The The Jewish World War II veteran fought in the European Theater with Patton's 3rd Army and helped liberate a concentration camp.
Gilbert Waganheim had just turned 21 and was living in a large Jewish community in eastern Baltimore when he was called up to serve in the U.S. Army and fight the Germans in World War II.
He trained at Camp Pope, in Louisiana, and was assigned to the 42nd Tank Regiment of the newly formed 11th Armor Division, which he described as a combination of tanks, field artilleries, infantry, reconnaissance, medical and supplies. When the regiment split, Waganheim stayed with the 42nd Tank Battalion.
The Army corporal technician, now 98 and living in Dr. Phillips, recalled his three years as a U.S. soldier and what it was like fighting a ground war through Europe in the 1940s.
He was shipped overseas in December 1944 as part of the headquarters of the 42nd Tank Battalion, and his first assignment was to guard the Meuse River, in France. When the Germans engaged in the Battle of the Bulge, Waganheim was assigned to Gen. George Patton's 3rd Amy and sent to Belgium.
Waganheim was at headquarters — making maps and plans — so he escaped any battle injuries. The soldiers fought through Belgium and Luxembourg and into Germany, capturing thousands of German soldiers along the way, he said.
"The big powers decided that the Russians would occupy Austria," Waganheim said. "Patton hated the Russians, so he ordered us into Austria, where we fought. … At one point, our reconnaissance battalion was going down a road and … there was a jeep with white flags coming toward them. He was the (German) commander of the Mauthausen concentration camp. He was afraid of the Russians, so he surrendered to the Americans.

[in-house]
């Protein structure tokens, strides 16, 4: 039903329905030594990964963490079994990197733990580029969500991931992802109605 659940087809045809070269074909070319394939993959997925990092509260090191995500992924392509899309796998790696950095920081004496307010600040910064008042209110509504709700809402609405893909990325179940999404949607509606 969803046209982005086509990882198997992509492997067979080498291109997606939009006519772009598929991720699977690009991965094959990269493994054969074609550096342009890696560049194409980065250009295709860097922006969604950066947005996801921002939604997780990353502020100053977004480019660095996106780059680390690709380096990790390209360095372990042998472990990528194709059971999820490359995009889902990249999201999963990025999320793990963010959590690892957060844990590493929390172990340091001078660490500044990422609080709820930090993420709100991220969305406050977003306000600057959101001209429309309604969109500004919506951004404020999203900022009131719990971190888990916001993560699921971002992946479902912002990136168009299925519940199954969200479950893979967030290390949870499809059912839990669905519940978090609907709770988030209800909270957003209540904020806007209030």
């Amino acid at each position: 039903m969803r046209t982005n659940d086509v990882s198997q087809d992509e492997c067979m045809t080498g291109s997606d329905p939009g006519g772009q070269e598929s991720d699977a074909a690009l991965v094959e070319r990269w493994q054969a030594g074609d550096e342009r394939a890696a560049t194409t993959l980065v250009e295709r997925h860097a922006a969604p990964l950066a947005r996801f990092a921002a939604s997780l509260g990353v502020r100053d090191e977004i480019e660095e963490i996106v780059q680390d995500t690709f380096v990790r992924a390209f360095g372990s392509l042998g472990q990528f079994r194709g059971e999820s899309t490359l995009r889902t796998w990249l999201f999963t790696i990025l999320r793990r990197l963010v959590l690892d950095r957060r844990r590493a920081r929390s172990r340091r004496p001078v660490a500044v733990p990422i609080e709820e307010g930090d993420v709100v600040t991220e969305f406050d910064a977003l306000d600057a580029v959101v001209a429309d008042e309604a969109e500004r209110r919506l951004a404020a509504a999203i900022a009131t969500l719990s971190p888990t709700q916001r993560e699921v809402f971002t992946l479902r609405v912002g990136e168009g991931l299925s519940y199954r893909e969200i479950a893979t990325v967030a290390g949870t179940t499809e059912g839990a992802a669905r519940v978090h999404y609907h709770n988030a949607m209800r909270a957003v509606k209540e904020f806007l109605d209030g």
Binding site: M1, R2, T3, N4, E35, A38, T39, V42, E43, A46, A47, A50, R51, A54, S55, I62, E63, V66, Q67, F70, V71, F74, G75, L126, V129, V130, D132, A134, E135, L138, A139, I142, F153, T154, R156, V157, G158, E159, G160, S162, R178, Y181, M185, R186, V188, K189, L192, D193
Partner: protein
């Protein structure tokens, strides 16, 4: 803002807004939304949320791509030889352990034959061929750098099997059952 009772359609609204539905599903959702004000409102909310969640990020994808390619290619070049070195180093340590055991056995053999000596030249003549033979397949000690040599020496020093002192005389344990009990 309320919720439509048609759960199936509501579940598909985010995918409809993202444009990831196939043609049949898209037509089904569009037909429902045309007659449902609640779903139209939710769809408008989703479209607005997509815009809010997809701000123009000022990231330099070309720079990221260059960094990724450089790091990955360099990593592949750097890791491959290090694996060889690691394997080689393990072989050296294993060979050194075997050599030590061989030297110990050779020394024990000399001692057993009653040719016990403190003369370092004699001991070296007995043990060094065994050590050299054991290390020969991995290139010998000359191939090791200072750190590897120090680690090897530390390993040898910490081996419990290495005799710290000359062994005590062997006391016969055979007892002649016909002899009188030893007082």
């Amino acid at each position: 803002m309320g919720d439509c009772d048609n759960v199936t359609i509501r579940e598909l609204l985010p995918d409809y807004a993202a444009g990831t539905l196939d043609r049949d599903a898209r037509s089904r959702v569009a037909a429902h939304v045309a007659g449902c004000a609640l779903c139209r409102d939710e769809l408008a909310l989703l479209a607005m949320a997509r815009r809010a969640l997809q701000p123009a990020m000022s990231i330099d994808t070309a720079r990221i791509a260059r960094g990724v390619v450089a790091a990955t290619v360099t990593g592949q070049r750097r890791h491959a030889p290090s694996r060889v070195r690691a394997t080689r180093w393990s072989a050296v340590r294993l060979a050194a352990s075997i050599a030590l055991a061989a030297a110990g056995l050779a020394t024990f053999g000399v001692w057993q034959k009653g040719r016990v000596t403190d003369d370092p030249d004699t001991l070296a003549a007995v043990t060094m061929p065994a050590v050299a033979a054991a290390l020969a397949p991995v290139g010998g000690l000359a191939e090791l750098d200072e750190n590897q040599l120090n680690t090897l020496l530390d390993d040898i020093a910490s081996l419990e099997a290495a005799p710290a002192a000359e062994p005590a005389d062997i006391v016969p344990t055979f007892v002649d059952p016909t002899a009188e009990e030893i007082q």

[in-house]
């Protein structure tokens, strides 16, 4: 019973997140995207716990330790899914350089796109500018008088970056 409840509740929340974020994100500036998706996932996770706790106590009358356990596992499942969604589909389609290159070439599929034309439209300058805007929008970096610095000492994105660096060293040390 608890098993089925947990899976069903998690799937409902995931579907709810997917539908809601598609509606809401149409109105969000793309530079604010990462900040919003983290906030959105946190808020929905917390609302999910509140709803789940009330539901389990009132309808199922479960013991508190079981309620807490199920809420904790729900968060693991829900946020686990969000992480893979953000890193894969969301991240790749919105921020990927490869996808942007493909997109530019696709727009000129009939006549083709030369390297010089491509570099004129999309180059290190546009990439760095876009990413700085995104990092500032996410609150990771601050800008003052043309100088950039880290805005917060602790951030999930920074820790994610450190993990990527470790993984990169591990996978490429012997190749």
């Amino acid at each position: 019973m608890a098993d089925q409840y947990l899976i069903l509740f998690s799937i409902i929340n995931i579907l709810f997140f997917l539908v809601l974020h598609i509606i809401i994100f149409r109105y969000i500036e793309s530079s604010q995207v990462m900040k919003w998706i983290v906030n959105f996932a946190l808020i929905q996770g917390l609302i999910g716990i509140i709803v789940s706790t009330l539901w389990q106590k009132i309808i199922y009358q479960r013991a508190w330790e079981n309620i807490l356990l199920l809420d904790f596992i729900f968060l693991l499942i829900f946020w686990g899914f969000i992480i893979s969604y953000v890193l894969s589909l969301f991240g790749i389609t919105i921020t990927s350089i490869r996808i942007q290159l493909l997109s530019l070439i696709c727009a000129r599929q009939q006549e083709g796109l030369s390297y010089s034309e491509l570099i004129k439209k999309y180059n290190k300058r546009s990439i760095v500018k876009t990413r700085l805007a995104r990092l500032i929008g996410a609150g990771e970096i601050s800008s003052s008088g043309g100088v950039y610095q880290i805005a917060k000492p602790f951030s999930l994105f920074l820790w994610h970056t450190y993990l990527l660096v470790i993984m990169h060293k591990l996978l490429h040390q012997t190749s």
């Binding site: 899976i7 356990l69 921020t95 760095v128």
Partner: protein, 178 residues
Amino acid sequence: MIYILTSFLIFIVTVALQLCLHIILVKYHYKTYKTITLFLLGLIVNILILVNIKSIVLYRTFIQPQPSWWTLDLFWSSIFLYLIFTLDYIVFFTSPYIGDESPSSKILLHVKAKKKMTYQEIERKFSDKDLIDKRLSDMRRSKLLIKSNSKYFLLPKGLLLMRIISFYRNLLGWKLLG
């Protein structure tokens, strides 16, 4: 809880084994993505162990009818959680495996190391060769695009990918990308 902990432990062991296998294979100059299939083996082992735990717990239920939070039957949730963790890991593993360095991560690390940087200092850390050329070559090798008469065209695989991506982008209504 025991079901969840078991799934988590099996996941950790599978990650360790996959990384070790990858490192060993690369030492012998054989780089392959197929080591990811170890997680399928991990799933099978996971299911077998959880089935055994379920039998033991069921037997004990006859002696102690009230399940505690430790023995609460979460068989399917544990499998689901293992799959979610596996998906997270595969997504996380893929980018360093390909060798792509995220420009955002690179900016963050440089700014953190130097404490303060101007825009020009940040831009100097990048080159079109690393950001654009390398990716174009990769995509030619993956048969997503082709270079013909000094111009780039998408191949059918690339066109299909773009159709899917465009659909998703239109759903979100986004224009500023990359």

"We went into the concentration camp and liberated the camp," he said. "As we approached it, there were a thousand shoes and a pile of bodies … and going in I saw the ovens and it reminded me of when I was about 17, my father had a bread route in Baltimore. … The ovens were exactly the way the ovens were in the concentration camp where they burned the bodies."
Waganheim recalled asking the camp survivors if he could help in any way. One camp survivor who, after discovering he was American, asked him to send a letter to her relatives in Chicago to let them know she was alive. He obliged.
The war was over soon after, and Waganheim was on his way home to the United States.
Waganheim served three years in the Army and then returned to his family, who were by then living in Washington, D.C. He got his accounting degree from Benjamin Franklin University and
worked for an accountant for a year before briefly becoming an accountant for a large jewelry store chain.
For the next 40 years, he was the accountant for the Giant Food supermarket company.
A few years after leaving the military, Waganheim was attending a party with friends; all of the men and women paired up, and this is where he met Edythe. After a brief engagement, they were married for 65 years before her death. They had two sons, four grandchildren and three great-grandchildren.
The couple made several trips to Europe, and Waganheim returned to the Mauthausen concentration camp just to see it once more. It was just a place to see, he said.
He moved to Orlando in June to be near family and recently joined American Legion Post 63, in Winter Garden. On Saturday, Nov. 16, just shy of his 98th birthday, Waganheim walked a mile in the annual Challenge 22 Ruck Walk, hosted by the post.
Waganheim attends an art class almost weekly in Windermere and has an easel set up on the balcony of his Dr. Phillips condo.
The United States Holocaust Memorial Museum has conducted thousands of video and oral histories with Jewish men and women and Holocaust survivors, and Waganheim's interview was added to the collection in 2015.
"I wish we could have saved more Jews," he said. "But that was life, that's what happened."